Make healthy lifestyle choices
Our ability to maintain life-long brain health is very much influenced by the choices we make in our daily lives. Research has found that next to aging, the most influential factors in determining one's susceptibility to Alzheimer's disease are lifestyle and environmental factors. Avoid environmental toxins, smoking, alcohol and drug abuse.
Be physically active
People who exercise regularly are less likely to develop heart disease, stroke and diabetes, which are all associated with an increased risk of dementia.
Physical activity also pumps blood to the brain, which nourishes the cells with nutrients and oxygen, and may even encourage new cells. As well, regular exercise helps to reduce stress and improve your mood.
Just as physical activity improves your body's ability to function, studies show that keeping your brain active can help reduce your risk of dementia. By approaching daily routines in new ways, you engage new or rarely-used mental pathways.
Challenging your mind doesn't have to be difficult. It can be as simple as dialing a phone number with your less dominant hand or as complex as learning a new language. Remember, the goal is to give your brain a new experience and a workout every day.
Be socially active
Staying connected socially helps you stay connected mentally. Research shows that regularly interacting with others may help lessen your risk of developing dementia. Social activity also helps people with dementia to continue to engage and feel fulfilled, improving their quality of life. Maintain old friendships and make new ones. Stay social through work, volunteer activities, travel, hobbies, family and friends. Be open to new experiences.
Follow a healthy diet
Healthy eating can reduce the risk of heart disease, stroke, diabetes and dementia. Healthy dietary choices will not only improve your general health, but it also helps to maintain brain function and slows memory decline. When it comes to food and brain health, set reasonable goals and be patient. By following basic healthy eating guidelines, your brain fitness has the potential to improve.
Tips for eating healthy
- Eat high fibre breads, cereals and grains and low-fat animal proteins. Include foods rich in omega-3 oils such as cold-water fish (e.g. trout, salmon) and walnuts.
- Add flavour to dishes by adding herbs, spices, nuts and olives. You don't have to give up flavour to follow a healthy diet.
- Maintain a healthy weight by choosing appropriate portion sizes, eating healthy snacks, and drinking plenty of water.
- Plan meals in advance so that you don't leave healthy eating to chance.
- Enjoy a variety of foods in many different colours.
- Blue and purple fruits and vegetables tend to be packed with anti-oxidants. Blackberries, blueberries, purple cabbage and plums are all great food choices.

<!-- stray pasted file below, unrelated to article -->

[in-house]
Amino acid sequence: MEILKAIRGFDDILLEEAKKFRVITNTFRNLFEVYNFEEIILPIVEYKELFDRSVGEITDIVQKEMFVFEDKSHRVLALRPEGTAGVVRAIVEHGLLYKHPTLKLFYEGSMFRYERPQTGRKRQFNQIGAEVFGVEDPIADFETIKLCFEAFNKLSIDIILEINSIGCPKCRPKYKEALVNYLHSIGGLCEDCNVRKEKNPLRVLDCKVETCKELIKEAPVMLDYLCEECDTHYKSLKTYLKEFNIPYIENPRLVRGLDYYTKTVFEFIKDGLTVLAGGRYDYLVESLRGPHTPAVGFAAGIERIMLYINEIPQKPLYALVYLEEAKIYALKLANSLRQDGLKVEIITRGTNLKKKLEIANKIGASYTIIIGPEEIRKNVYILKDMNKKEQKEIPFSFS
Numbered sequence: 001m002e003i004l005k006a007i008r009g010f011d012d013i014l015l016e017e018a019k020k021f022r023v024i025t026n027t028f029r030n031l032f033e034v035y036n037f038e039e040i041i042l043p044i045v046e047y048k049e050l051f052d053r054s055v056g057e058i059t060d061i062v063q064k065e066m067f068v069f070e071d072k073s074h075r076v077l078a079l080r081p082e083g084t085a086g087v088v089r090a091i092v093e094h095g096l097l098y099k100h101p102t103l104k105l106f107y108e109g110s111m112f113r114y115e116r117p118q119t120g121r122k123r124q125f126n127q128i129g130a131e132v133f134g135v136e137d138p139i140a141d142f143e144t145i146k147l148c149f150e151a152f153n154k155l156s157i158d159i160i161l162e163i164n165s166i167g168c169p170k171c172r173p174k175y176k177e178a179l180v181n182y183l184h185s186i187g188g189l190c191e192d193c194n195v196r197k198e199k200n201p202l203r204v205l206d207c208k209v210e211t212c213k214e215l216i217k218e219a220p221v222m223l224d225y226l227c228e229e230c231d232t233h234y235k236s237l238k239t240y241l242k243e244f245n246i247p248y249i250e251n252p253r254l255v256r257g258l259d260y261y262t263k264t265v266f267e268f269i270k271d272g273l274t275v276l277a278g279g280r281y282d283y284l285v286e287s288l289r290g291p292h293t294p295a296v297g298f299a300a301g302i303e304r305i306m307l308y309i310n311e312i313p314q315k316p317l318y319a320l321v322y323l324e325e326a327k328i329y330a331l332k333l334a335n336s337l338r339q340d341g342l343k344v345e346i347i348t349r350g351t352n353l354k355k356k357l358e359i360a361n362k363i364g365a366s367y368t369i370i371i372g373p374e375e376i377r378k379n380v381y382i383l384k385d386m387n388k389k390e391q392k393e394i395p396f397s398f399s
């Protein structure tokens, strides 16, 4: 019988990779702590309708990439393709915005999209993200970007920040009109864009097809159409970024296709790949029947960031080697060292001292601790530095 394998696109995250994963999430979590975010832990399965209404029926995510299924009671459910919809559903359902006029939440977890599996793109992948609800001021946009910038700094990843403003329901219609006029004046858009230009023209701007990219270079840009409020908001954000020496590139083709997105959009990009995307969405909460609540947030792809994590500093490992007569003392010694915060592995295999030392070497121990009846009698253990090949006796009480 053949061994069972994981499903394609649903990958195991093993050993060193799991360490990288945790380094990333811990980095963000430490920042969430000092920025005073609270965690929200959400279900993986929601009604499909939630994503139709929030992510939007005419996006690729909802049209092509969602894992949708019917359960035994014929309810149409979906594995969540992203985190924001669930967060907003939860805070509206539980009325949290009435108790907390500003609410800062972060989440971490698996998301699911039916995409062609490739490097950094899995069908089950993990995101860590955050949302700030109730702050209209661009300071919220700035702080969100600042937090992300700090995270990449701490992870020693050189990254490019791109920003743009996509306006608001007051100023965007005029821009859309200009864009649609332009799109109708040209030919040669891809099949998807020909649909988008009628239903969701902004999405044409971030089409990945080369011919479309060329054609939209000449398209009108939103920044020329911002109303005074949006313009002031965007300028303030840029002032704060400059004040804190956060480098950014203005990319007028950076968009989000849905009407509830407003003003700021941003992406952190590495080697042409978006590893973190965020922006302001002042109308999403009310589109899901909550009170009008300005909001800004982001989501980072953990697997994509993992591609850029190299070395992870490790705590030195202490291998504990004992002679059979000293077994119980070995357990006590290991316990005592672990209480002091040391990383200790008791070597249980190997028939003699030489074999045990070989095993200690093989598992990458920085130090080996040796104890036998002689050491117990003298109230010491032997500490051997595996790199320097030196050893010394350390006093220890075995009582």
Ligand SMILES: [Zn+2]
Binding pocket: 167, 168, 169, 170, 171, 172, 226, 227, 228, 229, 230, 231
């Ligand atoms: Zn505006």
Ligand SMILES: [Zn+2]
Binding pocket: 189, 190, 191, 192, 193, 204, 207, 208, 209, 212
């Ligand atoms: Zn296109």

- Go green every day with fruits and vegetables that are good for your brain and also benefit bones, teeth and vision. Green options include avocados, broccoli, celery, cucumbers, peas, spinach, pears, honeydew melon and many more.
- Choose white, tan and brown fruits and vegetables such as bananas, cauliflower, potatoes, turnips, onions and garlic.
- Add orange and yellow fruits and vegetables such as grapefruit, cantaloupe, butternut squash, peaches, papaya, oranges, sweet potatoes, yellow peppers and lemons to your plate.
- Reach for reds every day. Beets, raspberries, red grapes, radishes, tomatoes, red peppers, watermelon, rhubarb, pomegranates and cherries are just a few excellent red choices.
Experiencing some stress is part of everyday life, but when it persists over time, it can cause vascular changes and chemical imbalances that are damaging to the brain and other cells in your body. By managing or lowering your stress, you can improve your brain health and reduce your risk of dementia.
Tips to reduce stress:
- Take personal time for yourself. Exercise, relaxation, entertainment, hobbies and socializing are essential parts of our health and well-being. Everyone needs to find a balance that limits stress and helps maintain optimal health.
- Identify unrealistic expectations and try to accept what cannot be changed.
- Seek and accept support.
- Be prepared – new or unfamiliar situations can create stress and anxiety.
- Get plenty of sleep.
- Reduce the harmful effects of stress on your mind and body through meditation, deep breathing, massage or physical exercise. The key is to explore a variety of techniques and find those that work for you.
Protect your head
Although young people tend to suffer more head traumas, we are all at risk for head injuries. It is important to protect your head, at any age, for lifelong brain health. Past head traumas, especially repeated concussions, appear to increase the risk of developing Alzheimer's disease.